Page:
Hui Zhang, Robert L. Kane, Bryan Dowd Ph.D., M.S., Roger Feldman Ph.D.
To examine the existence of selection bias in the first 3 years of the Minnesota Senior Health Options (MSHO) demonstration and to estimate the MSHO effects on medical services utilization after adjusting for selection bias.
Monthly dual eligibility data and MSHO encounter data of March 1997–December 2000 and Medicaid encounter data of January 1995–December 2000 from the Minnesota Department of Human Services; Medicare fee‐for‐service claims data of January 1995–December 2000 from the Centers for Medicare and Medicaid Services.
Quasi‐experimental design comparing utilization between MSHO and control groups; multiple econometric and statistical models were estimated with time‐invariant and time‐varying covariates.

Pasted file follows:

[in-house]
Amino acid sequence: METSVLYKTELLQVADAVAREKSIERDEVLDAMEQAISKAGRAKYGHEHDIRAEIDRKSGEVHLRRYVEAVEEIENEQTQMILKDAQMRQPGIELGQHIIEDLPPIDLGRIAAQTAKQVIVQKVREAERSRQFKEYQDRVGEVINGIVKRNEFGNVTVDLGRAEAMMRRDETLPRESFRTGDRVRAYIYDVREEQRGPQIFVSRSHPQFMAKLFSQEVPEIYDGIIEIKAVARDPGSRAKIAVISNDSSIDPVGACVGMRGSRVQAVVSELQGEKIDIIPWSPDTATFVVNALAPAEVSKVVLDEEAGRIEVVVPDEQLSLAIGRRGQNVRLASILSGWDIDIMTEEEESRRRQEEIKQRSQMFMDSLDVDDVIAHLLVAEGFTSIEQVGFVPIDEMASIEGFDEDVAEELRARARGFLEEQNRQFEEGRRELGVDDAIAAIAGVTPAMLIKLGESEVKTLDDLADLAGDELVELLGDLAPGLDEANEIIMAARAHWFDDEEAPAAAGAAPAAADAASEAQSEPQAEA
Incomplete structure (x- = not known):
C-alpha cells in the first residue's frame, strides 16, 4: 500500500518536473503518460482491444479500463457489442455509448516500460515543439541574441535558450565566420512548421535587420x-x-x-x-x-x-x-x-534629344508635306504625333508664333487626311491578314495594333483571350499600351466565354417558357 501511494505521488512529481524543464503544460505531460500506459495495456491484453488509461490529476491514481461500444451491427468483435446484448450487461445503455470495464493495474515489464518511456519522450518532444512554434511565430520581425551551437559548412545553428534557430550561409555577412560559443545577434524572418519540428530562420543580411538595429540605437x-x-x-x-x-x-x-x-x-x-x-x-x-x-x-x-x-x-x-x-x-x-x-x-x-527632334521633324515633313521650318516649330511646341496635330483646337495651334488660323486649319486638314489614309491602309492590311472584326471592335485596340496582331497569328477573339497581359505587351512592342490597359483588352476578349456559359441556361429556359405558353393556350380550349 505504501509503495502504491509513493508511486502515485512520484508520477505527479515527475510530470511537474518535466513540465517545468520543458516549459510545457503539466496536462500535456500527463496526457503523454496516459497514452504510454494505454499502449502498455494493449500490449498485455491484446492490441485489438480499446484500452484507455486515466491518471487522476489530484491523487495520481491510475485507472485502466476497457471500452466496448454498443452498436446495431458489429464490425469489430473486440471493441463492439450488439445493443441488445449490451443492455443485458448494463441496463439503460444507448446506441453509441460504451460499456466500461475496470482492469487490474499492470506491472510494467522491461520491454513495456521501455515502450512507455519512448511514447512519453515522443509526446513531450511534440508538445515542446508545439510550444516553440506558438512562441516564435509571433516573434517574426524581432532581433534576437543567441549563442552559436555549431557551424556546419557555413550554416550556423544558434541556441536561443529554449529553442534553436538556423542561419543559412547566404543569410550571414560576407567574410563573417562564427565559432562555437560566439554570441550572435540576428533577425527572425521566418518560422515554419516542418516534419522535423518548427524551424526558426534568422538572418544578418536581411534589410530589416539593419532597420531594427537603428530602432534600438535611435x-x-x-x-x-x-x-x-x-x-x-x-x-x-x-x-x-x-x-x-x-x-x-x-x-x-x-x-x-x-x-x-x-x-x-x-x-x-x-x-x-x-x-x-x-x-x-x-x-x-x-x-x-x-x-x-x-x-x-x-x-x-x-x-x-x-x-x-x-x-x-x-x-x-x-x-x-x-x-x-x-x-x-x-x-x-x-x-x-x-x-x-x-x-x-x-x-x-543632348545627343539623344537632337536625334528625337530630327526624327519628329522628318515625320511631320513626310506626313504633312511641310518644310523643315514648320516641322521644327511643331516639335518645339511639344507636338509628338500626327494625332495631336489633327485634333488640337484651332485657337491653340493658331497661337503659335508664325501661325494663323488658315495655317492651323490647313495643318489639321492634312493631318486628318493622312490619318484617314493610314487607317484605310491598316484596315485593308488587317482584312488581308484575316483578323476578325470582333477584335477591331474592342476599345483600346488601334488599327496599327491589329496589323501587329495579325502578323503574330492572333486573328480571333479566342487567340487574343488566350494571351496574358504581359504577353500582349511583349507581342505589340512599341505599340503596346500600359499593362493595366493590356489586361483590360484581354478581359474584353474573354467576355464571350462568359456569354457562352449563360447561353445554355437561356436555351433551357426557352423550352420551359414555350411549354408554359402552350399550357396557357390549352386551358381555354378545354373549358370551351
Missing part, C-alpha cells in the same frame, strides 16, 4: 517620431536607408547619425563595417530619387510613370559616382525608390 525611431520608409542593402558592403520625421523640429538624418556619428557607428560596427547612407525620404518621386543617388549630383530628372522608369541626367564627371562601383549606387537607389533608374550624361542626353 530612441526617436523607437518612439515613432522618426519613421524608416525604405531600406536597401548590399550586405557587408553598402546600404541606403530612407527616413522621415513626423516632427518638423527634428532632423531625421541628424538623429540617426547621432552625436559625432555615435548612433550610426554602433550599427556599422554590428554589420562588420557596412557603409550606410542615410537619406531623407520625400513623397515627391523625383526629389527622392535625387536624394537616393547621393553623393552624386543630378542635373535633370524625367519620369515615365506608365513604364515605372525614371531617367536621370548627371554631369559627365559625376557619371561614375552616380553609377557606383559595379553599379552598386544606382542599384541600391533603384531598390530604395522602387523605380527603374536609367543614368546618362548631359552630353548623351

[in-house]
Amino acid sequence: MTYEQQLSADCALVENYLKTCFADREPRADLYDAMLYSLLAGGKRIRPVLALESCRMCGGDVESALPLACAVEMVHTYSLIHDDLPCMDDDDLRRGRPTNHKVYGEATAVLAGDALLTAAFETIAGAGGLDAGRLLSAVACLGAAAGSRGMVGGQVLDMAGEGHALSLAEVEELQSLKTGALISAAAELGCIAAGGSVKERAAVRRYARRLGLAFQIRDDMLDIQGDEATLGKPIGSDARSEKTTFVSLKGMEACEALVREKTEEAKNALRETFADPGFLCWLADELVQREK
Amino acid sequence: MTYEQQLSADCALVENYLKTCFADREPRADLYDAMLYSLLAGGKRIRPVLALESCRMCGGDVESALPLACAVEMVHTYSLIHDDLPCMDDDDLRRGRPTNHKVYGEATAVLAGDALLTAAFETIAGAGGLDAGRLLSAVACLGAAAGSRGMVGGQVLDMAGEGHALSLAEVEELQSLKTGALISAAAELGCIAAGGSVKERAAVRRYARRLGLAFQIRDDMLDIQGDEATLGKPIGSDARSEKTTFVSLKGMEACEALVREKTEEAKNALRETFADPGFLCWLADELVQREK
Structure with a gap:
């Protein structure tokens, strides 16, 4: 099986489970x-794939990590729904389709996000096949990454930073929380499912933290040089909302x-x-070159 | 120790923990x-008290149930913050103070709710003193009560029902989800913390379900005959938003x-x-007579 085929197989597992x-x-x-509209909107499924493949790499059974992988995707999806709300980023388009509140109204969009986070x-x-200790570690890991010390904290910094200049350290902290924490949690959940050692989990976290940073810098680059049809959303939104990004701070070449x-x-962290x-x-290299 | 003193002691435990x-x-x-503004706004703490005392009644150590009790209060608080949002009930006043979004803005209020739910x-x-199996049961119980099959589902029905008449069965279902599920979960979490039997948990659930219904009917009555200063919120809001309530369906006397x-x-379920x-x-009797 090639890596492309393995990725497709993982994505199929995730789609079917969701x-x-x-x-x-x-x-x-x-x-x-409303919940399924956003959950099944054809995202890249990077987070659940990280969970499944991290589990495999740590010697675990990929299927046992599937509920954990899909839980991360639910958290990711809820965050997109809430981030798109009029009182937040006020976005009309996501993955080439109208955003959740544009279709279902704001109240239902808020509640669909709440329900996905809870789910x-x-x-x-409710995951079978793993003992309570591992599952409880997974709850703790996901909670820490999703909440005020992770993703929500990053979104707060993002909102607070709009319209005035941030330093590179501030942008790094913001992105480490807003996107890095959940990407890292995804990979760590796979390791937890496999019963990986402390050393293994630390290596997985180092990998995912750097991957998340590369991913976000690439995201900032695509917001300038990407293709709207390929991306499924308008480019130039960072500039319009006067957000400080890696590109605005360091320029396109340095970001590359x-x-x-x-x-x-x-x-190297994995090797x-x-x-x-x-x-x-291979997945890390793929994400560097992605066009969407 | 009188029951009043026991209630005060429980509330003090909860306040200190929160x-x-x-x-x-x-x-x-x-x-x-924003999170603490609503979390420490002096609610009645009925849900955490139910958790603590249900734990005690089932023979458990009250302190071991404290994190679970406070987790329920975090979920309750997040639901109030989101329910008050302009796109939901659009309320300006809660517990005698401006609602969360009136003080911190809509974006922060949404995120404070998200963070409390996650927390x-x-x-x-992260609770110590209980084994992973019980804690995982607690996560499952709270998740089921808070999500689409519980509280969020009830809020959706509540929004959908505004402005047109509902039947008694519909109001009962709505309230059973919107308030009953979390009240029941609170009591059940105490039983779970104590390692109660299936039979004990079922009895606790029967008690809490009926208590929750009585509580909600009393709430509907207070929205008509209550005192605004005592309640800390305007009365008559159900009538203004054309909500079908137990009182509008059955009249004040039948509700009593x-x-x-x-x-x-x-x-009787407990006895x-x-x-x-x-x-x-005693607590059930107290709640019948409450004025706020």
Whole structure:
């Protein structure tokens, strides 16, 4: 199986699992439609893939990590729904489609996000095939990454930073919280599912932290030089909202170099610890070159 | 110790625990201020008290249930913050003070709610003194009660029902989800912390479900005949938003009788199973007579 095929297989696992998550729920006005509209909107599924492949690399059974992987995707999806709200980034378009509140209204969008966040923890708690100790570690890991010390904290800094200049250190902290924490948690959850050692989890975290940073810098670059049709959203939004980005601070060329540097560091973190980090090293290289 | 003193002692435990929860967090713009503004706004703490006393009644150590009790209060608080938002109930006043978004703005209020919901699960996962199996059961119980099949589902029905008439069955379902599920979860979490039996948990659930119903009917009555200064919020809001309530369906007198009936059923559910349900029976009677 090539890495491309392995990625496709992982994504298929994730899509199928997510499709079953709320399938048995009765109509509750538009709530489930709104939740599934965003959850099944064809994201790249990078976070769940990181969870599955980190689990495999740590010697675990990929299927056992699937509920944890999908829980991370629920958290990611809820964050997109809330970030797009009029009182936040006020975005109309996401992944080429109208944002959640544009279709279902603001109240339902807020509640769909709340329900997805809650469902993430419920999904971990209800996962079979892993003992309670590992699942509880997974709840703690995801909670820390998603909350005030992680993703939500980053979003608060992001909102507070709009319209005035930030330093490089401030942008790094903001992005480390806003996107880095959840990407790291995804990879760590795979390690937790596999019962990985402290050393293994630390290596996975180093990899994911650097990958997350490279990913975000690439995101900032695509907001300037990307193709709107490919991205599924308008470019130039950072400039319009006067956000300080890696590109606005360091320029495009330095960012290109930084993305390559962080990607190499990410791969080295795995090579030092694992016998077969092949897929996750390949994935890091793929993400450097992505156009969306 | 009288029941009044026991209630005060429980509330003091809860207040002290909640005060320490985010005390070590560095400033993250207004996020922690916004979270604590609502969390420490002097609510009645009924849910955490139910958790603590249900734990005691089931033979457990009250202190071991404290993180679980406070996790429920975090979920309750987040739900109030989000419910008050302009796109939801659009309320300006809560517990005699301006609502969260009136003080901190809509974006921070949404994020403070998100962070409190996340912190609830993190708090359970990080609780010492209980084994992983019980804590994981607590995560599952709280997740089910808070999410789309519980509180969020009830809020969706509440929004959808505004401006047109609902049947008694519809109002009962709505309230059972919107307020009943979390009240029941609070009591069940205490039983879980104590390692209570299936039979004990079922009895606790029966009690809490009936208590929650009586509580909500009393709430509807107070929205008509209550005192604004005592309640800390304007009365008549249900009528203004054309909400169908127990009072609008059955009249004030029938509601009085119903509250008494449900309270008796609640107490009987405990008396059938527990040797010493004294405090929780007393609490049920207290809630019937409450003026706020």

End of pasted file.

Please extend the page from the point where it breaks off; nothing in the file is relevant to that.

Favorable MSHO selection was found in the nursing home (NH) and community populations, but selection bias did not substantially affect the findings. Enrollment in MSHO for more than 1 year reduced inpatient hospital admissions and days, emergency room and physician visits for NH residents, and lowered physician visits for community residents.
There was favorable selection in the first 3 years of the MSHO program. Enrollment in MSHO reduced several types of utilization for the NH group and physician visits for community enrollees.